Well I must say this last week in Utah at the Wasatch Backcountry Rescue International Dog School was quite a success. The adventures started with having a service dog in the airport, to flying in an AirMed helicopter to an avalanche scenario on the final day of class. Monty was ...Read More
Safety First! National Safety Month occurs every year in January. Many ski areas across the country participate in Safety Month to educate skiers and snowboarders about being safe, and to use common sense on the slopes. National Safety Month includes a poster drawing contest, a photo contest, and participating resorts also compete for ...Read More
Alyeska’s youngest Nova Scotia Duck Tolling Retriever Monty, has arrived in the great state of Utah where he will be joining other rescue dogs from all over the world for specialty training with Wasatch Backcountry Rescue search and rescue dog school. Wasatch Backcountry Rescue International Dog School is a four day ...Read More
Half a century ago, 11 Girdwood residents passed the hat and raised enough money to purchase what became the land base for a major ski area. Through initiative and perseverance, the 11 formed the Alyeska Ski Corporation and developed a ski area that was small in assets but big in promise. They did it because they understood that the Valley’s future lay in its golden slopes.
They found a French Baron who shared their dream. Francois de Gunzburg installed a poma lift, built ski trails and a day lodge and ordered Chair 1, a 5,700-foot double chairlift that rose 2,000 vertical feet. The upper terminus of the chairlift became known as the Roundhouse.
Built in 1960, the Roundhouse sits on an exposed ridge, 2,280 feet above sea level. The distinctive octagonal building first served as a warming hut and later as a popular mountain gathering place, complete with restaurant and lounge. Alyeska’s ski patrol used the lower level as its headquarters.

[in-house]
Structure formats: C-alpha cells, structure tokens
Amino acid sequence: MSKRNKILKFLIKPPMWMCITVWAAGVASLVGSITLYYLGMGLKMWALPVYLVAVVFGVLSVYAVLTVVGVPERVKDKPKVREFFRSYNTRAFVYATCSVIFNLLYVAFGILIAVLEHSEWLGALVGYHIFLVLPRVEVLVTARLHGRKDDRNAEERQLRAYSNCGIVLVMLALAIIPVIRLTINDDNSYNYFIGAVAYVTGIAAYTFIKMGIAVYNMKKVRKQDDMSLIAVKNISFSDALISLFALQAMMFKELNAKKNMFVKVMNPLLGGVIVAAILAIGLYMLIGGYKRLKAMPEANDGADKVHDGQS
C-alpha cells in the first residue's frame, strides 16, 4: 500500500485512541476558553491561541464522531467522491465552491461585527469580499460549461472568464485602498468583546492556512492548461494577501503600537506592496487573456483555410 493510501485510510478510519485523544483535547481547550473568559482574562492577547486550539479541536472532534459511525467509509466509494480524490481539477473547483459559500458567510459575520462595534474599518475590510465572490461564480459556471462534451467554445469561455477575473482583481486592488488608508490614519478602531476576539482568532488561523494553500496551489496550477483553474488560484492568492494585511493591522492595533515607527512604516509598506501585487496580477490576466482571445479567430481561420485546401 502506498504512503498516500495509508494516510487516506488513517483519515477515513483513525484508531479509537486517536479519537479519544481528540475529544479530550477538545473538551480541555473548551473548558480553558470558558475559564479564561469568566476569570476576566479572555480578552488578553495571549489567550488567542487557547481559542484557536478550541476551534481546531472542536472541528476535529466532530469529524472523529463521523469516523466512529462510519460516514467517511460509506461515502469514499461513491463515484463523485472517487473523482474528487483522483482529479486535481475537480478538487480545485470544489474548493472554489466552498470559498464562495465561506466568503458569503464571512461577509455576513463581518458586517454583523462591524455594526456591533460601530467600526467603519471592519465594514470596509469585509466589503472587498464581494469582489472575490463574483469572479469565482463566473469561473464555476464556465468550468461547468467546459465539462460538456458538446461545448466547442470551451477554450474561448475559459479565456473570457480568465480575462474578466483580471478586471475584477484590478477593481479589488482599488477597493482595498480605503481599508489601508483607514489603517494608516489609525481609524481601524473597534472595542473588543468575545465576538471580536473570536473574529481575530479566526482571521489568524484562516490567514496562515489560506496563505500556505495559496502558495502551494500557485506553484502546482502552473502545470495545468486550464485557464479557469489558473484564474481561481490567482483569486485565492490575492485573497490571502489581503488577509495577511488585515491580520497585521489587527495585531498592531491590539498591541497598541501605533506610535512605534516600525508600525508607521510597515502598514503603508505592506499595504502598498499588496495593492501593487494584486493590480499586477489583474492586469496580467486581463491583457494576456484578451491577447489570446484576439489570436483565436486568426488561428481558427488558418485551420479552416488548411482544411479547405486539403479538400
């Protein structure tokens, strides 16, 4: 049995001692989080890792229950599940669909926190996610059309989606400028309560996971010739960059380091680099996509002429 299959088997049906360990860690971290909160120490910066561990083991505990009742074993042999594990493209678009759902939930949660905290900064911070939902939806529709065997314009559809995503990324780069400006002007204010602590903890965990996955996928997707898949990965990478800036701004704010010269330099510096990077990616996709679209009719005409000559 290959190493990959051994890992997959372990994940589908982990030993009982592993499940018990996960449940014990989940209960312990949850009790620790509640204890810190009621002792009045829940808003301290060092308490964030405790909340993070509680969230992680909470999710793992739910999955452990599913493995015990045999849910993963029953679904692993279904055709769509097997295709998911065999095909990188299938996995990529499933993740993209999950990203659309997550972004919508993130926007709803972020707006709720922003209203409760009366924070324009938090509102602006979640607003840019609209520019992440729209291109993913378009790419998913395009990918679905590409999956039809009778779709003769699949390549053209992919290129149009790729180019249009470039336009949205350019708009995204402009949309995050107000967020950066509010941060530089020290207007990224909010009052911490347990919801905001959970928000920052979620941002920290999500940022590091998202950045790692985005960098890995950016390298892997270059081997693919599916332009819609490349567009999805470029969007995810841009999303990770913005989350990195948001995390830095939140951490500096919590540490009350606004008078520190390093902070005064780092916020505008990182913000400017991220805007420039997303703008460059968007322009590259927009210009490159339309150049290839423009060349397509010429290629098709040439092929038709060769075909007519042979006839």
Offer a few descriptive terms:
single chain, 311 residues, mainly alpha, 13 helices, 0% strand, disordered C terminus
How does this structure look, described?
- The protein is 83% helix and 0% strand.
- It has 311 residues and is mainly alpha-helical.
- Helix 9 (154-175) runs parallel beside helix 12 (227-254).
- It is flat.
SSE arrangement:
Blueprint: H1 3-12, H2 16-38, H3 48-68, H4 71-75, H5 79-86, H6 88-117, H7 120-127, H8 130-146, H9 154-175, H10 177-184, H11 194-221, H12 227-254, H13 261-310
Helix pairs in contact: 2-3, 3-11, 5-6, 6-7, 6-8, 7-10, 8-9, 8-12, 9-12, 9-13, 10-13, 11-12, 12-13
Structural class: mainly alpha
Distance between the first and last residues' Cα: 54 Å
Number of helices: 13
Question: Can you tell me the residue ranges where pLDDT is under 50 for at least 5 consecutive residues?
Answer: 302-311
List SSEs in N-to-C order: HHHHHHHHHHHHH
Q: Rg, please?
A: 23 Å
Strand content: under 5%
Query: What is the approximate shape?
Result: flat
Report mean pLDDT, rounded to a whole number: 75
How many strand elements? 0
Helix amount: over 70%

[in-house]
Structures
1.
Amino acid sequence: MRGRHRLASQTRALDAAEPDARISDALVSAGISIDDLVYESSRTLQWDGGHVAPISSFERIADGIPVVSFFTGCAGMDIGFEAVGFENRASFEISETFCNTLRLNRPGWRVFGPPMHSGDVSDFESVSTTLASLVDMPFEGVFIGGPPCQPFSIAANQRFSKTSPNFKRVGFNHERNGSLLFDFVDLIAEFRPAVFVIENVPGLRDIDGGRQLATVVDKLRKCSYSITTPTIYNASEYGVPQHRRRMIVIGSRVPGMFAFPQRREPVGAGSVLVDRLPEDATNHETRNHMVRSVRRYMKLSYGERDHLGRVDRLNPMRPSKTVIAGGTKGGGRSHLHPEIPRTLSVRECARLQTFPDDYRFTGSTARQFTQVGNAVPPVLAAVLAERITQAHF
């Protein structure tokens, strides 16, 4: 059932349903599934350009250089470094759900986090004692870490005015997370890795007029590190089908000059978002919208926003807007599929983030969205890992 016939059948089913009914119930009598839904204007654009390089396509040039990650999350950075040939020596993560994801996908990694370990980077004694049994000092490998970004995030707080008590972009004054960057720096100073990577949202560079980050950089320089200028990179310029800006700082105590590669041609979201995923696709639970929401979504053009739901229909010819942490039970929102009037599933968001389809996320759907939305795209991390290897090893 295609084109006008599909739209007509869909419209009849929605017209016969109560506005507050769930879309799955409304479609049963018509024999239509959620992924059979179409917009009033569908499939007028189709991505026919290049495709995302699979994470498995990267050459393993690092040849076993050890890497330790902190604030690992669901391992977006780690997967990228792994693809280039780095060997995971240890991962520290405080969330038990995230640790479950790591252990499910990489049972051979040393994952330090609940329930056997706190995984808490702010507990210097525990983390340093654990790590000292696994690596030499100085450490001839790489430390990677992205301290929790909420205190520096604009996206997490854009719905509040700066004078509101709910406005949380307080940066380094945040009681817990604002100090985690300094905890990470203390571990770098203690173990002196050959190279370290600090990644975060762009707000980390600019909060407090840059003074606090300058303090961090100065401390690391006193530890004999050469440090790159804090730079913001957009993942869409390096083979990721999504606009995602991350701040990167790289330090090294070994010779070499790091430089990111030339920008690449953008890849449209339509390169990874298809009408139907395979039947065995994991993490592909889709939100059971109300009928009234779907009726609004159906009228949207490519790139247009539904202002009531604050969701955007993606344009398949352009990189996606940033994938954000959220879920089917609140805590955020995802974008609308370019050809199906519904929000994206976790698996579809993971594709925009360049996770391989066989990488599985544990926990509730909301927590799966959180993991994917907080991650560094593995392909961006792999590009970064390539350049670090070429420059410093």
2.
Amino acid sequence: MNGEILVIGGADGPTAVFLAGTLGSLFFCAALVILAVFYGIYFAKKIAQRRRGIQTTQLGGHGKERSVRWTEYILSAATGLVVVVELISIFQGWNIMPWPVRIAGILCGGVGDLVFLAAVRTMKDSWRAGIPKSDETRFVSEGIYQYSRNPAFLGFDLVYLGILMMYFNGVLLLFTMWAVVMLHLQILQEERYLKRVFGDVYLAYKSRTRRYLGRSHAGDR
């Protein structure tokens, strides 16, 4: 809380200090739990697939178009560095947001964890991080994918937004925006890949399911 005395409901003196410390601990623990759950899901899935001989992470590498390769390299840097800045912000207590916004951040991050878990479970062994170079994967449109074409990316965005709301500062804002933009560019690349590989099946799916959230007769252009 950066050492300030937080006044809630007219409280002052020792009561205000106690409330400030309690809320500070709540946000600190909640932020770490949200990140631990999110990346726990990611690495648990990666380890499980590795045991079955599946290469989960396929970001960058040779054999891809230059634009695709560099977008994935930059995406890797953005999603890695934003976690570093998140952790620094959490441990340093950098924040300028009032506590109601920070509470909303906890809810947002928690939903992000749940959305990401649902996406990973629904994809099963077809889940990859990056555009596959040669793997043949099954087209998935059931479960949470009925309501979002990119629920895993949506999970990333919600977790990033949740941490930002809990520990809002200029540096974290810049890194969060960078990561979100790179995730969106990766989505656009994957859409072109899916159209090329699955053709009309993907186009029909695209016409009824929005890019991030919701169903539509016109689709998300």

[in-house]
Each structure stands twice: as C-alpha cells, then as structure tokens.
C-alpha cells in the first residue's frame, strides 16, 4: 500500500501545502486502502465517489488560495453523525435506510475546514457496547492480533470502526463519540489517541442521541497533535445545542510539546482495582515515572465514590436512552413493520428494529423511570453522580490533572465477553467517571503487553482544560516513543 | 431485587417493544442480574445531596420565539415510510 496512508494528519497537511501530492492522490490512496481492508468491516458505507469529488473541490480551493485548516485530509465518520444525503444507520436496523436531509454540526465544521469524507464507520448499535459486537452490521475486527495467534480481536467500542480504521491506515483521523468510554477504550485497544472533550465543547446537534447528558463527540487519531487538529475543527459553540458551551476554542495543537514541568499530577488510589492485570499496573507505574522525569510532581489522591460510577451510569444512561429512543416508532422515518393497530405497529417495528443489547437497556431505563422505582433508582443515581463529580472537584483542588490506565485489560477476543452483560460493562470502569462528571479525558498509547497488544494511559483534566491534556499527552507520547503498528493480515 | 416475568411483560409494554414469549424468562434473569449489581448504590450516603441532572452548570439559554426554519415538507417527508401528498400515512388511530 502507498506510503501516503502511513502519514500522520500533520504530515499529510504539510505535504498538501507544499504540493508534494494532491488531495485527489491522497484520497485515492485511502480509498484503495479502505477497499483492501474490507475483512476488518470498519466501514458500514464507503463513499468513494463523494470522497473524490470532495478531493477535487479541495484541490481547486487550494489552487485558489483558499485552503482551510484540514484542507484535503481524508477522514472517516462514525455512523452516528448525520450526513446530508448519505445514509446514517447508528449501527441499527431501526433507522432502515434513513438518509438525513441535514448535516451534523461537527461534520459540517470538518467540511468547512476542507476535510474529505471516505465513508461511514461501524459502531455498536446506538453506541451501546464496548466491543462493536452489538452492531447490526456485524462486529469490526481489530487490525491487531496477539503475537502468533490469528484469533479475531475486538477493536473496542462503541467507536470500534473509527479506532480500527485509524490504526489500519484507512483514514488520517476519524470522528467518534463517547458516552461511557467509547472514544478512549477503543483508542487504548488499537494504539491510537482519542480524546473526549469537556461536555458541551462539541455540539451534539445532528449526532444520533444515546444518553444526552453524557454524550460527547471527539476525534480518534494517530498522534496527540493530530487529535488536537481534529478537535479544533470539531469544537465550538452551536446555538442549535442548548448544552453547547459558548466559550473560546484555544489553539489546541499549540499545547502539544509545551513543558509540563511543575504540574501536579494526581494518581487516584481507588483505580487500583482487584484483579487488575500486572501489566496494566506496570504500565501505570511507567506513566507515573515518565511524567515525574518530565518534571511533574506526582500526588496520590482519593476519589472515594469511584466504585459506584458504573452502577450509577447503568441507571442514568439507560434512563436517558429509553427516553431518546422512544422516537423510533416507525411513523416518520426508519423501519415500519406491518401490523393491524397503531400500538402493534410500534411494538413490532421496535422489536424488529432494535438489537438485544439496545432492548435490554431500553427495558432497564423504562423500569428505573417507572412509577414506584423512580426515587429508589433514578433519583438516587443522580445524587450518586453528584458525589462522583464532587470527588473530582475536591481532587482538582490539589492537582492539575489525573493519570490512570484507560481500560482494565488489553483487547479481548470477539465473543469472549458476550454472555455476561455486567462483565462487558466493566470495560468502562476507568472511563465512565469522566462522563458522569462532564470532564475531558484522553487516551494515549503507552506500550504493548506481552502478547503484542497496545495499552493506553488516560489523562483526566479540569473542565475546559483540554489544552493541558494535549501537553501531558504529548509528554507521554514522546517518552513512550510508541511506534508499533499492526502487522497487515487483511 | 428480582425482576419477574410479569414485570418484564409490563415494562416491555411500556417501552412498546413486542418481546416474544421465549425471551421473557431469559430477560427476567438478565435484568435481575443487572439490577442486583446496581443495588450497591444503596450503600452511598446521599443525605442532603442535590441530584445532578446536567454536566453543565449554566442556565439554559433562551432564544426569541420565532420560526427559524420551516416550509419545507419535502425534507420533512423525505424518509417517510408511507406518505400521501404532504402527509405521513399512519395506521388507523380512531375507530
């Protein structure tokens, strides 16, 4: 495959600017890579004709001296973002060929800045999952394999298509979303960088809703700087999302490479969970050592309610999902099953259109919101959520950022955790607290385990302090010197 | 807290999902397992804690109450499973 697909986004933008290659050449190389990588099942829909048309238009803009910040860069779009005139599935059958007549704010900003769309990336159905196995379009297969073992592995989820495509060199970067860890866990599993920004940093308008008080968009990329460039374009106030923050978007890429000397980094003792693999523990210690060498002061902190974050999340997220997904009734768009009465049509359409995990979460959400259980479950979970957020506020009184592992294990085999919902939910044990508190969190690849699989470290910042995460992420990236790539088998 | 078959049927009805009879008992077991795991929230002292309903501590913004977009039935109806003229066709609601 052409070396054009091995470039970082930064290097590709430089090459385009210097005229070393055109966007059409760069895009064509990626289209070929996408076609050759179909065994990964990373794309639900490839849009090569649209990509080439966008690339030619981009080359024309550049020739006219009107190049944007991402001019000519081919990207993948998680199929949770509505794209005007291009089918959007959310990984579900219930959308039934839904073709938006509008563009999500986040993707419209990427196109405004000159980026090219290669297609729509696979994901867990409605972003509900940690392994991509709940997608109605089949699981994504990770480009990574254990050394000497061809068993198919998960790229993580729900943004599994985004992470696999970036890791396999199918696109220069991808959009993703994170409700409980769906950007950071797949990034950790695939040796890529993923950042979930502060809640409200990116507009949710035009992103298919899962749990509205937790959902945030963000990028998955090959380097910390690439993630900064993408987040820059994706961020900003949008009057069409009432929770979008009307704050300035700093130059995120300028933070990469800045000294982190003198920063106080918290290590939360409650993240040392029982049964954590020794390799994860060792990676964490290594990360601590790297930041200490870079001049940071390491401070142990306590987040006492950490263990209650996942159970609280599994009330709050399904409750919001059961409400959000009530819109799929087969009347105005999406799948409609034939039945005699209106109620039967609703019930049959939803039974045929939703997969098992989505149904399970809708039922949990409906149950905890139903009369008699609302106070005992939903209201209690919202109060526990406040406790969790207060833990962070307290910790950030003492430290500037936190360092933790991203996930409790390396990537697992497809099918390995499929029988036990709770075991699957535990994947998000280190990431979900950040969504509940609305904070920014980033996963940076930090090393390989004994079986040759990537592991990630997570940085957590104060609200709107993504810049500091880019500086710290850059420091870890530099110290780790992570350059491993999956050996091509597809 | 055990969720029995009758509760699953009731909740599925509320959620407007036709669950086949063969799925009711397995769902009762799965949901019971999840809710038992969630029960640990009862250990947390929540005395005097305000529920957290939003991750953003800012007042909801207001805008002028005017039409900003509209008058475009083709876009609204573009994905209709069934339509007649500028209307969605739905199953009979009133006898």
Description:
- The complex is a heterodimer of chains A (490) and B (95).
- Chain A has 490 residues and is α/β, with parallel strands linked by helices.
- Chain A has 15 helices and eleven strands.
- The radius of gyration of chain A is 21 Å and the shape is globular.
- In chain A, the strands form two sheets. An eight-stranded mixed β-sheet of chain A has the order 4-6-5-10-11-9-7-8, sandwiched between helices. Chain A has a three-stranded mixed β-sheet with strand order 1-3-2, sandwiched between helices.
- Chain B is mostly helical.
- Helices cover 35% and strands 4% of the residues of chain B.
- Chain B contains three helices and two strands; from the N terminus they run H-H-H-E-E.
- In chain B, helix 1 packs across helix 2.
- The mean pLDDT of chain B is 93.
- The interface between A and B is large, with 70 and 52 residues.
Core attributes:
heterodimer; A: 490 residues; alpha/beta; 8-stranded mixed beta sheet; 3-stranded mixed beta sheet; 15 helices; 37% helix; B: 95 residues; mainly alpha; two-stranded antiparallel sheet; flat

Today, the Roundhouse symbolizes the importance and culture of outdoor recreation to this Valley’s legacy, much like Crow Creek Mine serves as an icon of the Valley’s golden past. In summer, the Roundhouse turned into a visitor center for people to enjoy the alpine environment and the panoramic view that encompasses two mountain ranges, seven glaciers and scenic Turnagain Arm.
But age took its toil and public use all but ended in 1992 when the Glacier Terminal and aerial tram opened in 1992. The building was placed on the National Historic Register in 2003 in recognition of its significance to the development and culture of skiing and other outdoor activities in Alaska.
The Roundhouse renovation began in 2003 with seed money from the Turnagain Arm Kenai National Heritage Corridor Communities Association. Since then, approximately $1.9 million for the project has been raised through a combination of public and private money, including the Rasmuson and Atwood Foundations, the National Park Service, HUD and the Eddie Gendzwill estate.
Learn more about Alyeska Resort's rich skiing and outdoor culture. Admission to the museum is free. Open year-round. Visit the museum website.
Photos courtesy of the Roundhouse at Alyeska Museum.